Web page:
Schiffman states (p.323 of Qumran and Jerusalem) that "these bad relations were remembered when the historical allusions to the Pharisees in Pesher Nahum were composed.." He knows that Pharisees are not mentioned anywhere in Pesher Nahum, nor in any Scrolls text. He is speculating. Schiffman has used the wrong term allusions. His speculations about Pharisees are his delusions.  Ant.13.5.8 ends with:  "So the Lacedemonians received the ambassadors kindly, and made a decree for friendship and mutual assistance, and sent it to them."  These words are completely unrelated to the text in Ant. 13.5.9 which has : "At this time there were three sects among the Jews, who had different opinions concerning human actions; the one was called the sect of the Pharisees, another the sect of the Sadducees, and the other the sect of the Essens. Now for the Pharisees, they say that some actions, but not all, are the work of fate, and some of them are in our own power, and that they are liable to fate, but are not caused by fate. But the sect of the Essens affirm, that fate governs all things, and that nothing befalls men but what is according to its determination. And for the Sadducees, they take away fate, and say there is no such thing, and that the events of human affairs are not at its disposal; but they suppose that all our actions are in our own power, so that we are ourselves the causes of what is good, and receive what is evil from our own folly. However, I have given a more exact account of these opinions in the second book of the Jewish War."  The account of Ant.13.5.8 is continued in Ant.13.5.10: "But now the generals of Demetrius being willing to recover the defeat they had had, gathered a greater army together than they had before, and came against Jonathan;"  Ant.13.5.9 is the first example in Josephus where Pharisees, Sadducees, Essenes and sects are mentioned.  It is an obvious later interpolation (an editorial insertion) having nothing to do with the text beforehand or with that following. Schiffman refers to it (without comment) on p.322 of Qumran and Jerusalem.  It is typical of how scholars quote Josephus taking it for granted that it must be true.

So what had Josephus been doing in his early life. In Against Apion 1.10, Josephus wrote; “Now both these methods of knowledge I may very properly pretend to in the composition of BOTH my works;” In both works he had been an active participant. The editors make out that the second work was War which we know Josephus played an active part in (but on the Roman side against the priests under the emperor Nero). The second work was Against Apion (not War) which was really written against Greek philosophies (the Stoics were one) which he had experience of.  When Josephus was in his sixteenth year, he “made trial” of three philosophies “that were among us” (Life 2.), not of three Jewish sects.  That is typical of an intelligent young person who is searching for meaning in life.  Each new philosophy that he adopted was no doubt the best thing that could have happened to him. The “city” (Life 2.) that Josephus was in was Rome where the Greek schools of philosophy were to be found. When Josephus had reached the age of about 14, he had already gained a reputation for his learning, and the principal men of the “city” came to hear him regularly, particularly about Jewish matters. He then tried three Greek philosophies, for example the Stoics, and wrote Against Apion. He then met “Banus” with whom he spent three years, not in the “desert”, but in the “city” to which “Banus” had come from Judea. Thus, Josephus “was informed that one whose name was “Banus”, lived in the “city” (i.e. Rome where Josephus lived), not the editor’s “desert”. Banus was a prophet-like figure, a vegetarian who bathed in cold water frequently day and night. Josephus says “I imitated him in those things”. Then at the age of nineteen, the text says “I returned back to the city.” But Josephus was already in “the city”. After three years with Banus, Josephus “returned” to something different, the Lord. The culmination of three years with Banus was a major conversion experience at the age of 19. Josephus had become a prophet, like “Banus”. He was not a “Pharisee” and never was a Pharisee as the editor would have us believe. Prophets, by their very nature take their orders directly from the Spirit of God which abides upon them. Thus they do not call “any man Lord” or master -be that man a high priest, Moses, Abraham, or a Greek philosopher. He would call the Spirit of God Lord, not any man. Thus he met with the movement founded by “Banus” in Rome.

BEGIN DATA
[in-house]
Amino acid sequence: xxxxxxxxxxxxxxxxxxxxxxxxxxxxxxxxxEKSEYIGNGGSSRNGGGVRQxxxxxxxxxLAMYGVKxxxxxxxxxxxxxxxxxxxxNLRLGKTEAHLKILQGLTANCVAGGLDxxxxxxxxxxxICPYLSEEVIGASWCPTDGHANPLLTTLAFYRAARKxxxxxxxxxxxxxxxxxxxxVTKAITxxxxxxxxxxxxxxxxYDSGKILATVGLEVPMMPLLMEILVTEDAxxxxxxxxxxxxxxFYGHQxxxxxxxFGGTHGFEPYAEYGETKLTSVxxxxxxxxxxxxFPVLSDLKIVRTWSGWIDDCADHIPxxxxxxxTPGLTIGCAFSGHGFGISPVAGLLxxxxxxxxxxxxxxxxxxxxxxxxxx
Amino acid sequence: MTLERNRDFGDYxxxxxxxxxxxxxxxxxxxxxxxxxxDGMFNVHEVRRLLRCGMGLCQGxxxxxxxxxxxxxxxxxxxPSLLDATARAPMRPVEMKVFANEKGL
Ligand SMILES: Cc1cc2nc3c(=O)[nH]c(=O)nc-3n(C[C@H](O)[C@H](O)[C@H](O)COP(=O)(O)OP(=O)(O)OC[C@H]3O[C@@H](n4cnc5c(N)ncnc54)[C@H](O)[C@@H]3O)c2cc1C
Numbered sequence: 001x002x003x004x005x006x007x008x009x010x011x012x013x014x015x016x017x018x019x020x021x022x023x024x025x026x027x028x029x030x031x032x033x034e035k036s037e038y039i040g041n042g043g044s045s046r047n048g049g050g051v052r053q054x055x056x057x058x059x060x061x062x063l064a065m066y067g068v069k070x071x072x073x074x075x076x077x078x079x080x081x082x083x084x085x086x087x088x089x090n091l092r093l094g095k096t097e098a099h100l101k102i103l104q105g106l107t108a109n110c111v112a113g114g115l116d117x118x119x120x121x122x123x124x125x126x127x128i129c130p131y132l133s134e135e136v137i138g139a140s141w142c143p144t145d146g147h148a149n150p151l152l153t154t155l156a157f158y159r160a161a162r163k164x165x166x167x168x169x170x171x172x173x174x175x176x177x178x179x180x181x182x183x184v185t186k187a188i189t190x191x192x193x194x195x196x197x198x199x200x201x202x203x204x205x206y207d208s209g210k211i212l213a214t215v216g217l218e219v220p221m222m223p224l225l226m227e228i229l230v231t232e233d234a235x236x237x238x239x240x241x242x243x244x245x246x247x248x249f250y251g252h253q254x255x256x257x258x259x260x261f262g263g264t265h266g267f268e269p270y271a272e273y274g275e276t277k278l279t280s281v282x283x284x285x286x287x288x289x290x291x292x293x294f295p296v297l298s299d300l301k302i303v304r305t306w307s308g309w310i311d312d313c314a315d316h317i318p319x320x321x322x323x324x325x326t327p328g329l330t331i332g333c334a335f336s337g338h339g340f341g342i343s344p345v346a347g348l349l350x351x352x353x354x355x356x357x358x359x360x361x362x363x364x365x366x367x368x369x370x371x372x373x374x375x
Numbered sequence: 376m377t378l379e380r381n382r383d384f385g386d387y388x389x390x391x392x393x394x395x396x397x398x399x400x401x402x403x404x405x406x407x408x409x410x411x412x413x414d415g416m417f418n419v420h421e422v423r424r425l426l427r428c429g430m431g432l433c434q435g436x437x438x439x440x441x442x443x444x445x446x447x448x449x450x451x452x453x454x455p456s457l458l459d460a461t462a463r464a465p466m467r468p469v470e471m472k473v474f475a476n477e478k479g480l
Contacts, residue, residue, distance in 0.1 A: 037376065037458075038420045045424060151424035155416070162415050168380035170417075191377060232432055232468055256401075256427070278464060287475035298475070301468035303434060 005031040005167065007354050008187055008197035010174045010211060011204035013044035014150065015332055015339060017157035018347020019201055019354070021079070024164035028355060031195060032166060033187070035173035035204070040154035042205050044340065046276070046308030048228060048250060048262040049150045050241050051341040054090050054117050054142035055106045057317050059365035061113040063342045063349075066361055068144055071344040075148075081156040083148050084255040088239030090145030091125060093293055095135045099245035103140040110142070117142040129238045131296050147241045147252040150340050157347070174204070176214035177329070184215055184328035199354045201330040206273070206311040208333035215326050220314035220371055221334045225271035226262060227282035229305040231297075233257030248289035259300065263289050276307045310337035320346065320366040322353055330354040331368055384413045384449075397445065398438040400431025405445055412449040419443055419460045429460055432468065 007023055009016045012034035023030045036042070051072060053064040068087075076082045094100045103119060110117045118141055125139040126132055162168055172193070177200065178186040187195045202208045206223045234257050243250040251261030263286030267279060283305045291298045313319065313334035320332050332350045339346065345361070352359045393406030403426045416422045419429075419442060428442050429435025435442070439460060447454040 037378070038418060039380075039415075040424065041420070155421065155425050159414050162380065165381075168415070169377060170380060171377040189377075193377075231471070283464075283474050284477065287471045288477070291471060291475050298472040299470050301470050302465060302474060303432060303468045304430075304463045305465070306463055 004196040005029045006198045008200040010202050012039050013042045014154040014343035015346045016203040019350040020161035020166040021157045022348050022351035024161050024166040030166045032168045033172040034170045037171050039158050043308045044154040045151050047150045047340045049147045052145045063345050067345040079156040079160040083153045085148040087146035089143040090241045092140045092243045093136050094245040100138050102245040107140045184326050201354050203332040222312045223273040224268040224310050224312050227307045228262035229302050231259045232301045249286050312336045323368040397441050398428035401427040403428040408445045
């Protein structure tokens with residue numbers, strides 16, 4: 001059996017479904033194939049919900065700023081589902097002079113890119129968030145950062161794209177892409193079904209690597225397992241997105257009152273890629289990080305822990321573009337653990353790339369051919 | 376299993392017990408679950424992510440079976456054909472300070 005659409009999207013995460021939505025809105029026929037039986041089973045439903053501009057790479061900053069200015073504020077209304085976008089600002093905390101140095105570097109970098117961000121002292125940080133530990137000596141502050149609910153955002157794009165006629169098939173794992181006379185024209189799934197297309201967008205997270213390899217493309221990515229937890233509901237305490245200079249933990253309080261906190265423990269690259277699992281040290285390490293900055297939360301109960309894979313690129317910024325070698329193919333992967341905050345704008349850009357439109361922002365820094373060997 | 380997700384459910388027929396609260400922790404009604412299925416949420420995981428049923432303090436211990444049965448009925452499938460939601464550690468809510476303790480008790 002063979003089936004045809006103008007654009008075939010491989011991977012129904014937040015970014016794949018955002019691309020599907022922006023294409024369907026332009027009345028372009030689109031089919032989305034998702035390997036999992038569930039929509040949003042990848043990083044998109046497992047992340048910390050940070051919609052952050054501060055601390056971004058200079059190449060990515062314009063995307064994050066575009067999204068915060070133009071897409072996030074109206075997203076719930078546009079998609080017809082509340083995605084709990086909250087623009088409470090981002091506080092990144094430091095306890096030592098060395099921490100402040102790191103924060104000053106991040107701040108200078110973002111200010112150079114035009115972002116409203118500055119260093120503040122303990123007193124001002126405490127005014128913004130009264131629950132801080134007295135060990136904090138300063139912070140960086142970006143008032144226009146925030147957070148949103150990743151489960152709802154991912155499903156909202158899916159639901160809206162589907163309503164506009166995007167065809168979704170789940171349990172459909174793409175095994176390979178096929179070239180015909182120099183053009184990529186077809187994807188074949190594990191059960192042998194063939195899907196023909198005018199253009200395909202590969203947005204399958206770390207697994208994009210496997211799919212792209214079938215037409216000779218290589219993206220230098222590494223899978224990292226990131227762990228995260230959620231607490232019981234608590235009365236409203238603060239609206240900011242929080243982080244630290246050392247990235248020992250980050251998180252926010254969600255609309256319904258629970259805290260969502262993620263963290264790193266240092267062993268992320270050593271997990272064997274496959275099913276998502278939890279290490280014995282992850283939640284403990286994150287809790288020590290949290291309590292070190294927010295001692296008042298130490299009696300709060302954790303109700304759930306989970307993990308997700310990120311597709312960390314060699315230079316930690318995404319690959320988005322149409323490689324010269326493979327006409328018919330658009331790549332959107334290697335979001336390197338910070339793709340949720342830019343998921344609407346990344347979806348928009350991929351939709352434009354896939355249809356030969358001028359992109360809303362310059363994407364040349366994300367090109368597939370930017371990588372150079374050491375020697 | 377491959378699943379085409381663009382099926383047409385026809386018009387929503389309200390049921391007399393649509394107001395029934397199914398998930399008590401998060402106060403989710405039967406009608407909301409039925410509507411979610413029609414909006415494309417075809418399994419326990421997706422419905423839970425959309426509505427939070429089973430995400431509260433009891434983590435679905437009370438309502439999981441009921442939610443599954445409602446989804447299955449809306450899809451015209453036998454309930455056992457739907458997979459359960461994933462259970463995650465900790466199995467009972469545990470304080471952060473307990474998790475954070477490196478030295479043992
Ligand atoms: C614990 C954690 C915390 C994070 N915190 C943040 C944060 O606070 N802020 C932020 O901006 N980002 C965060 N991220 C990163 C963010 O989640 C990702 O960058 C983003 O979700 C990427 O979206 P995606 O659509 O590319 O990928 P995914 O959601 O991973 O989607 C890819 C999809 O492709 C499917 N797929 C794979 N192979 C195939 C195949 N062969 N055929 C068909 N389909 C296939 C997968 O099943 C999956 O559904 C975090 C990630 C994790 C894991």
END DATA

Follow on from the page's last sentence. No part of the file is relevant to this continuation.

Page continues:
Life 2 has: “I had a mind to make trial of the several sects that were among us. These sects are three: - The first is that of the Pharisees, the second that Sadducees, and the third that of the Essens, as we have frequently told you; for I thought that by this means I might choose the best, if I were once acquainted with them all”.   The later Flavian editors wrote: "as we have frequently told you", but was there a different story?  Josephus’s Against Apion Book 1 is really against the Greeks and their philosophy.  Against Apion 1.10 continues from 1.8.  Against Apion 1.9 is a later interpolation to prepare the reader for an editorial in 1.10 about War.  Against Apion 1.10 has: “There have been indeed some bad men, who have attempted to calumniate my history, and took it to be a kind of scholastic performance for the exercise of young men. A strange sort of accusation and calumny this! since every one that undertakes to deliver the history of actions truly ought to know them accurately himself in the first place, as either having been concerned in them himself, or been informed of them by such as knew them. Now both these methods of knowledge I may very properly pretend to in the composition of BOTH my works; for, as I said, I have translated the Antiquities out of our sacred books; which I easily could do, since I was a priest by my birth, and have studied that philosophy which is contained in those writings: and for the History of the War I wrote it as having been an actor myself in many of its transactions, an eye-witness in the greatest part of the rest, and was not unacquainted with any thing whatsoever that was either said or done in it. How impudent then must those deserve to be esteemed that undertake to contradict me about the true state of those affairs! who, although they pretend to have made use of both the emperors' own memoirs, yet could not they be acquainted with our affairs who fought against them.” The editorial in Against Apion 1.10 begins with: “and for the History of the War I wrote it as having been an actor myself in many of its transactions.” Josephus was really saying that he knew about the Greeks and their philosophy because he had gone to the Greek Schools. And the “emperor’s own memoirs” would be full of untruths at the time of the Flavian editors. "both my works" were Antiquities and Against Apion, not Antiquites and then War (which is the wrong order according to the extant Josephus).  The original Antiquities and Against Apion were written before Josephus was aged 16.  In Against Apion above, Josephus’s critics accuse him of writing a history as a scholastic exercise. Most of extant Antiquities reflects such an accusation. Against Apion was probably his final year project at the end of his classical education in Rome.